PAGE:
Pat (with the pitchfork) and her sister Beverly get iconic.
Last month I traveled to St. Louis to visit my sister Beverly. Frank and I had been there in 2010 for two weeks so he opted to stay home this time.
I made the drive in two days traveling on one of my favorite highways that follows the old Route 66. Back when my sister and I were teenagers our family had traveled to Chicago on 66.
It was only two lanes back then and we dodged armadillos, alive and dead, stopped at gas stations and roadside stands for cold sodas, souvenirs and a glimpse of baby rattlers in a barrel. The signs said see the live baby rattlers with a picture of rattlesnakes. We paid our quarter and approached the barrel with some trepidation hearing the snakes making their rattling sounds. When we looked into the barrel there nested in wood shavings were four or five pink and blue baby rattles. The proprietor was laughing when we got back to our parents. I have never forgotten it.
Nor have I forgotten the old Burma Shave signs that dotted the highway. They were a brief respite from some of the more boring parts of the road in Texas and Oklahoma.
The highway is now a major artery across America with trucks and travelers like me getting from here to there at speeds that would have seemed supersonic back when it was two lanes.
I have driven it many times to visit my sister. I have my favorite rest stops and I always stay in Tucumcari, N.M. my night on the road. I also track other travelers who are pacing me and I look for interesting license plates.
I compared how my trip was this time with all the modern conveniences as compared to our trip back in 1959. Having air conditioning is a biggie, but now I had my iPhone with hands-free communication and up-to-date weather and radar so that I could track storm cells.
I could find gas stations and the cheapest gas, or how far the next rest stop was going to be, with just a touch of my finger. This technology is still so new to me that I was constantly marveling how cool it all was.
I love driving and I was really looking forward to this trip. Not only because I was going to see my sister but also because of an article I had read in the May issue of Real Simple magazine. It was written by Beth M. Howard, the author of “Making Piece,” a memoir of love, loss and pie.
She told of losing her husband, dealing with her grief, and how pie had influenced her life. While in Iowa judging a pie contest she happened upon the American Gothic house in Eldon, Iowa that was made famous by the artist Grant Wood. After visiting the museum she inquired why the house was empty. When she found out it was for rent she made a life decision, rented it and started the Pitch Fork Pie Stand, selling pies out of her living room.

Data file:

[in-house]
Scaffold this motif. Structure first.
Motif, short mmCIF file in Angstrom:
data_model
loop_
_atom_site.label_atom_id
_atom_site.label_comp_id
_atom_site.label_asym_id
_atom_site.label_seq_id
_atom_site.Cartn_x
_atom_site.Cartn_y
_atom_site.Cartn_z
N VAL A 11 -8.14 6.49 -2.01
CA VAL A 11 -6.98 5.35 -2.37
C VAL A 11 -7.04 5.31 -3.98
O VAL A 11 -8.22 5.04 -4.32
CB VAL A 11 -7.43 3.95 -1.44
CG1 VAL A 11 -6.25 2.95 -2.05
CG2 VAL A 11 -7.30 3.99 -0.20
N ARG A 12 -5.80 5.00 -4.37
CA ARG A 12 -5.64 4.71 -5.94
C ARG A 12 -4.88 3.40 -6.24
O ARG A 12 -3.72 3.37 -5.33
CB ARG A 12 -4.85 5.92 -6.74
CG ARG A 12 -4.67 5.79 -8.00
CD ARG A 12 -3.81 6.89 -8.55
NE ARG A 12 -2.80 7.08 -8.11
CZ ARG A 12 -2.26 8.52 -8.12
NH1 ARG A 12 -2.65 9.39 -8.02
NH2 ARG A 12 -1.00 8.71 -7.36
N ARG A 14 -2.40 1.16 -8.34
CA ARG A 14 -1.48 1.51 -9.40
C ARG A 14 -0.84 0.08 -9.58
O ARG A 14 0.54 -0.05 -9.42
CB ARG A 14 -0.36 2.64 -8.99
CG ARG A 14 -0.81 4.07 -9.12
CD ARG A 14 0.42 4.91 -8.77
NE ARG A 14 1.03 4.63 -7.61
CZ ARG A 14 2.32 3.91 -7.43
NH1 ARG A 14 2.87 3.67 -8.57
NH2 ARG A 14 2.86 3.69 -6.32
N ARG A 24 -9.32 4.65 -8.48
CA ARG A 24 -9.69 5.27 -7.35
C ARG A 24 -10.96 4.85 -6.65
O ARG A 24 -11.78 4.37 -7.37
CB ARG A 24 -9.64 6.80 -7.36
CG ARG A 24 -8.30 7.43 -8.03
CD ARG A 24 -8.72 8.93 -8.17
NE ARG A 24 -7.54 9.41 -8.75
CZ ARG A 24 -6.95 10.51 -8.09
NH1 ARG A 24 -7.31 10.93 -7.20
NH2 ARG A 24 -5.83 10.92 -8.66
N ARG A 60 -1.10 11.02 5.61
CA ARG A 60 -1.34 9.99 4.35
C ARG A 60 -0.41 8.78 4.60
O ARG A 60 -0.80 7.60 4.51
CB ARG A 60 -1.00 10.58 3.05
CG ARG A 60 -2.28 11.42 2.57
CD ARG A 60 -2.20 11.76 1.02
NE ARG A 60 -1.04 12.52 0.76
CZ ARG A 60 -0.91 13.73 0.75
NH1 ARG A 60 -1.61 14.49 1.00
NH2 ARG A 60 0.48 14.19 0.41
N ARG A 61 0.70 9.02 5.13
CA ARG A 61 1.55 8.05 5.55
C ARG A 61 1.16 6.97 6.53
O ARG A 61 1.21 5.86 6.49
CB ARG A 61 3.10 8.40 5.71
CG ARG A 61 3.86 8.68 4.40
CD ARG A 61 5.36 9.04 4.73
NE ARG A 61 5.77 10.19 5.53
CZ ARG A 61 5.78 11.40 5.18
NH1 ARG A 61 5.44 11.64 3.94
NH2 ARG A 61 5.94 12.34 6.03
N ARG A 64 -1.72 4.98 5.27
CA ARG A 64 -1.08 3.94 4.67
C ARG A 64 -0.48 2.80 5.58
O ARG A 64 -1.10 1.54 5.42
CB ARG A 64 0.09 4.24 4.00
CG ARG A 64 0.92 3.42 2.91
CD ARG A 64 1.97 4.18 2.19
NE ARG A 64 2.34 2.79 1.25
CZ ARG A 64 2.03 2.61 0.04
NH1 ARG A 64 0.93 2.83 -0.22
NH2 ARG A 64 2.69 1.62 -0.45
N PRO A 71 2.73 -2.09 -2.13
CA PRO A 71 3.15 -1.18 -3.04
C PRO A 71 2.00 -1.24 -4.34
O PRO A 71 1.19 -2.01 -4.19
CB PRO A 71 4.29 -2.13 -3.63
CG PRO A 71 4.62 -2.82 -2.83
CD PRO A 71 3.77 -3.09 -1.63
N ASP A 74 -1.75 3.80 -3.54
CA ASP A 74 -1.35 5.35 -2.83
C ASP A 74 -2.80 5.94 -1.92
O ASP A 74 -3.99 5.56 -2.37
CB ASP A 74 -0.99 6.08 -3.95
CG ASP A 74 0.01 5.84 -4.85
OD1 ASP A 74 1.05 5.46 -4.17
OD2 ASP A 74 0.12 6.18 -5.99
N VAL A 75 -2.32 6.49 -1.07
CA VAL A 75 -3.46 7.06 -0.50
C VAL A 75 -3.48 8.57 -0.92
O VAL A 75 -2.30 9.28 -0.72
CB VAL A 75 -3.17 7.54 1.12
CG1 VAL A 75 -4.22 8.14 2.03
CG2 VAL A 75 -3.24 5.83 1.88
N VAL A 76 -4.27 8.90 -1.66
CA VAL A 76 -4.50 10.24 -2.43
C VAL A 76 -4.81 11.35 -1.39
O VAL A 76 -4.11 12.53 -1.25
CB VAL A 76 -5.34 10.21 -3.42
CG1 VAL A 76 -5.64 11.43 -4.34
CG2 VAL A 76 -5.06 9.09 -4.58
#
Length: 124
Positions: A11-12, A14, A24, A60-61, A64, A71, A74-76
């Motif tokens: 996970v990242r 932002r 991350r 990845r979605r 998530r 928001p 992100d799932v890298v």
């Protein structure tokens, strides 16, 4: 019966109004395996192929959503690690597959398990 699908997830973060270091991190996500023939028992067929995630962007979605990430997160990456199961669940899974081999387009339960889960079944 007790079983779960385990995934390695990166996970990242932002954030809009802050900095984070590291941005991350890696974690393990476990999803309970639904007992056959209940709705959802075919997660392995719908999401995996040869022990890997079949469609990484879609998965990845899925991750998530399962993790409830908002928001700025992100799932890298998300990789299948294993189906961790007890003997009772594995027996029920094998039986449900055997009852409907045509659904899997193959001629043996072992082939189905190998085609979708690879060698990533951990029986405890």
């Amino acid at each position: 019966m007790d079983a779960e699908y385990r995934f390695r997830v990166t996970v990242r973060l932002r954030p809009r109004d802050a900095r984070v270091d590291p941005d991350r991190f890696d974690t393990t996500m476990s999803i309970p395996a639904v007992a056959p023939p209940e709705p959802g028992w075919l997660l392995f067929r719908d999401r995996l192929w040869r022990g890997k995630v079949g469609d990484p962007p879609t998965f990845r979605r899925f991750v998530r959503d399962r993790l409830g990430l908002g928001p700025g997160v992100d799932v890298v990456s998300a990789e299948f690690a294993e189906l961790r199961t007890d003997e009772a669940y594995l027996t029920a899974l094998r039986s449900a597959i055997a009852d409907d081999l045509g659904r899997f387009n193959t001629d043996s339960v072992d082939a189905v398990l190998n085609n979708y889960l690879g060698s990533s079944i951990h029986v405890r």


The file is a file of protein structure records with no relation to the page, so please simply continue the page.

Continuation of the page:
It is not often I am motivated to meet an author. The last time was Nevada Barr and I got to meet her when she spoke at Wahweap a few years ago. I really wanted to meet Beth and I wanted to have a piece of pie, a cup of coffee and maybe talk about writing.
My sister was up for the road trip and we traveled up the Mississippi River stopping along the way at some interesting sites and visiting the Mark Twain Cave.
We planned to stay with Bev’s friend Sandy who lives in California but kept her family home in Quincy, Ill. We got the grand tour of Quincy, which is noted for being the site of the Lincoln—Douglas debate.
Sandy decided to join us on our day trip to Eldon and between our two iPhones we managed to only get lost once on our way to the American Gothic house.
We were typical visitors taking photos and checking out the museum. My sister and I donned costumes and posed in front of the house.
But the highlight for me was meeting Beth. She was as gracious as I had anticipated and it was a real pleasure to meet her. We bought our pies, she signed my copy of her book and posed for photos. I bought a slice of lemon pie and a cup of coffee that she made fresh. It was amazing pie and I am still kicking myself for not buying one in addition to the apple pie I got to bring home to Frank. Thank goodness the recipe for Shaker Lemon Pie is on her web site www.theworldneedsmorepie.com.
Even though we didn’t get to talk about writing I left Eldon totally satisfied. It was a wonderful experience to meet her in her front room of an American icon.
My sister is planning to return to Eldon in August and this time she will be getting the lemon pie.
Pat Talbott is a volunteer for Glen Canyon National Recreation Area.
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